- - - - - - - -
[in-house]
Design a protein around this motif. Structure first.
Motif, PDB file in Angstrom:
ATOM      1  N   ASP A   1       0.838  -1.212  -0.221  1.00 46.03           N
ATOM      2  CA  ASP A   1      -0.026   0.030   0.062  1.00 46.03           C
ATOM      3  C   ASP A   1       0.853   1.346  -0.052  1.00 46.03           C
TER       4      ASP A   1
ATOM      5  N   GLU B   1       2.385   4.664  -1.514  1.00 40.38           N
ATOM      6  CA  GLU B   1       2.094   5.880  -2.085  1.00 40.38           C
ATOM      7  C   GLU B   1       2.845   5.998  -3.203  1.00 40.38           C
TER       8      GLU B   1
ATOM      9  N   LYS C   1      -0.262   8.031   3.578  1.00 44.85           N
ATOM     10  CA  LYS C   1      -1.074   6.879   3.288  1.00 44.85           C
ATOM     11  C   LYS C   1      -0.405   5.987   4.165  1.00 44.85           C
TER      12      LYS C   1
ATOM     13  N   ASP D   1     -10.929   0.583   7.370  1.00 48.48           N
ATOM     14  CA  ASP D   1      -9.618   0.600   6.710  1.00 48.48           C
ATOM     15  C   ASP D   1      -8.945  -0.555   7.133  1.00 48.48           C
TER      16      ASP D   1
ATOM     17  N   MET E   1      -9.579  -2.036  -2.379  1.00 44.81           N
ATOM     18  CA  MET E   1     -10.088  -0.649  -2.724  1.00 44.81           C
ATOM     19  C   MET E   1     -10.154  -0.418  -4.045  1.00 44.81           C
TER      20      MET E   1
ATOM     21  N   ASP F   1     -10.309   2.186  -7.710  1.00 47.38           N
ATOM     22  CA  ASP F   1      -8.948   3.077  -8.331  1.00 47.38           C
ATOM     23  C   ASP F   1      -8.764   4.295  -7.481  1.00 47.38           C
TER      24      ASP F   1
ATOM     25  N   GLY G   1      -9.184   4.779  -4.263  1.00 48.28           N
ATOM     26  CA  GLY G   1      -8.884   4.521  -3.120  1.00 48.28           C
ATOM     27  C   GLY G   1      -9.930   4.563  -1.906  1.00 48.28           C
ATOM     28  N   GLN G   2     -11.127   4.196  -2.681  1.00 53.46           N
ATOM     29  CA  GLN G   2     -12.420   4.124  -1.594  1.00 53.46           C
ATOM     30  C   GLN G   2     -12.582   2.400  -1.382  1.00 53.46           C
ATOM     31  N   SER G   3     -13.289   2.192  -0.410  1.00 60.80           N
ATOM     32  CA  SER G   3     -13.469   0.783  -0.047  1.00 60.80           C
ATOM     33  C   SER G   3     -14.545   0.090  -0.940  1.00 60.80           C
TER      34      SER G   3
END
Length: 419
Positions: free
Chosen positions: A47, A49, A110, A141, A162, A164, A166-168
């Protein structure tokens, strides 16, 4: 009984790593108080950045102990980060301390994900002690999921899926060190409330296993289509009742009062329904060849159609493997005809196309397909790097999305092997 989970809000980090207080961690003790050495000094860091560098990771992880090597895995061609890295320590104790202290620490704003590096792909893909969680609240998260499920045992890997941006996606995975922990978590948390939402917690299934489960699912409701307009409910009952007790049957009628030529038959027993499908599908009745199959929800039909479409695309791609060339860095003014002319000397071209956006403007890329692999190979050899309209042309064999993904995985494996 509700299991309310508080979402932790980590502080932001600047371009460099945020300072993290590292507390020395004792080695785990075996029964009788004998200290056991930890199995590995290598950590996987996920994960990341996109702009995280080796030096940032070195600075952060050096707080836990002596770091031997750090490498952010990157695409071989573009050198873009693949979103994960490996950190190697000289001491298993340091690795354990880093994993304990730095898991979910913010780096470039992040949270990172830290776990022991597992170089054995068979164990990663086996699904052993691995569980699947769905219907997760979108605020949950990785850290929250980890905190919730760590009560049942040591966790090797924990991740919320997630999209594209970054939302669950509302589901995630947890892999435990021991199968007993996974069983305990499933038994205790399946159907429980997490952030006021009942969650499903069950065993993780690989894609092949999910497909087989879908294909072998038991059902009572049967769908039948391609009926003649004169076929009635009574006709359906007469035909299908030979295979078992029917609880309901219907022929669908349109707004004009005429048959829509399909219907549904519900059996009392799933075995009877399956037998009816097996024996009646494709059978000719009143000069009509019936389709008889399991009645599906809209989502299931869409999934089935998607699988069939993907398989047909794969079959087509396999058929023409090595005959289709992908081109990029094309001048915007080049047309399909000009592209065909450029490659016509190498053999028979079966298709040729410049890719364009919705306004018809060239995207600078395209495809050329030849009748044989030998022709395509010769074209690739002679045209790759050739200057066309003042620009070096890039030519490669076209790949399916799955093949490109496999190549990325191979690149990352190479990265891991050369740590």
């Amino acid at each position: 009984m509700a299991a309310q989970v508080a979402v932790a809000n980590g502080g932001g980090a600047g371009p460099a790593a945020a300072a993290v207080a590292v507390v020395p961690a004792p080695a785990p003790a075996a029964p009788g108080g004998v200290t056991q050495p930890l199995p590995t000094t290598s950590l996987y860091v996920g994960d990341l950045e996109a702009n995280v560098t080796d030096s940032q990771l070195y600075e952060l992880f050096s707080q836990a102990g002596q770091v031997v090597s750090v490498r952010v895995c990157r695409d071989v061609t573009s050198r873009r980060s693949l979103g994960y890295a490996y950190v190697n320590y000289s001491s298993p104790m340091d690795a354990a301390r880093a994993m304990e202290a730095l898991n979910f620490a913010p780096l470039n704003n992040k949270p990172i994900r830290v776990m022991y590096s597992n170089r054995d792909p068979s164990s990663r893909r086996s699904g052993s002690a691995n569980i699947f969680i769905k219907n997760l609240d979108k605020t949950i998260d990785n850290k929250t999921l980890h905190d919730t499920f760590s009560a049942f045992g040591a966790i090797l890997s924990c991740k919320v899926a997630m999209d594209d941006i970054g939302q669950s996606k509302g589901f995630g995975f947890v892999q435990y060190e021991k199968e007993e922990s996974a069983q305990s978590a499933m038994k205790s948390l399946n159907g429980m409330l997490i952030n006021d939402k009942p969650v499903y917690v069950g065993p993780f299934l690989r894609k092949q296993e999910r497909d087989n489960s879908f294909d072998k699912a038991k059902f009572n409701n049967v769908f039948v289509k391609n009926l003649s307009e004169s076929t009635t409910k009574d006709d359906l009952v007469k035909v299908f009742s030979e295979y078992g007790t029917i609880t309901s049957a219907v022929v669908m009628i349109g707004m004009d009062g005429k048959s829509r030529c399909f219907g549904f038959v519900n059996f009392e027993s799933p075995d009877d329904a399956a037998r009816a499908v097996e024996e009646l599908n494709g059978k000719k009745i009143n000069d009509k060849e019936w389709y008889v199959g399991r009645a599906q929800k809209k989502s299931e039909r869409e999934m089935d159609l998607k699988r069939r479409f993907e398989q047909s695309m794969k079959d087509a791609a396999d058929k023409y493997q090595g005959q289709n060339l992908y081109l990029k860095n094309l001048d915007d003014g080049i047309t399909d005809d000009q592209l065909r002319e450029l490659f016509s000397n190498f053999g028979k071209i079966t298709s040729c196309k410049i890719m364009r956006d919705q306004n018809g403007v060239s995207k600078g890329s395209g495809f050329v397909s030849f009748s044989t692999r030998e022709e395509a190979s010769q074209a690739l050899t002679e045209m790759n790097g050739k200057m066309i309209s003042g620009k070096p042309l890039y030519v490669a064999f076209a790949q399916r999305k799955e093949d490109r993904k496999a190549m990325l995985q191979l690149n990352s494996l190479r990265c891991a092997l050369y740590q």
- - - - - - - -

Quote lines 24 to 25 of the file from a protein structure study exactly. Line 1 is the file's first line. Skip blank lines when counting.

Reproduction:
ATOM     21  N   ASP F   1     -10.309   2.186  -7.710  1.00 47.38           N
ATOM     22  CA  ASP F   1      -8.948   3.077  -8.331  1.00 47.38           C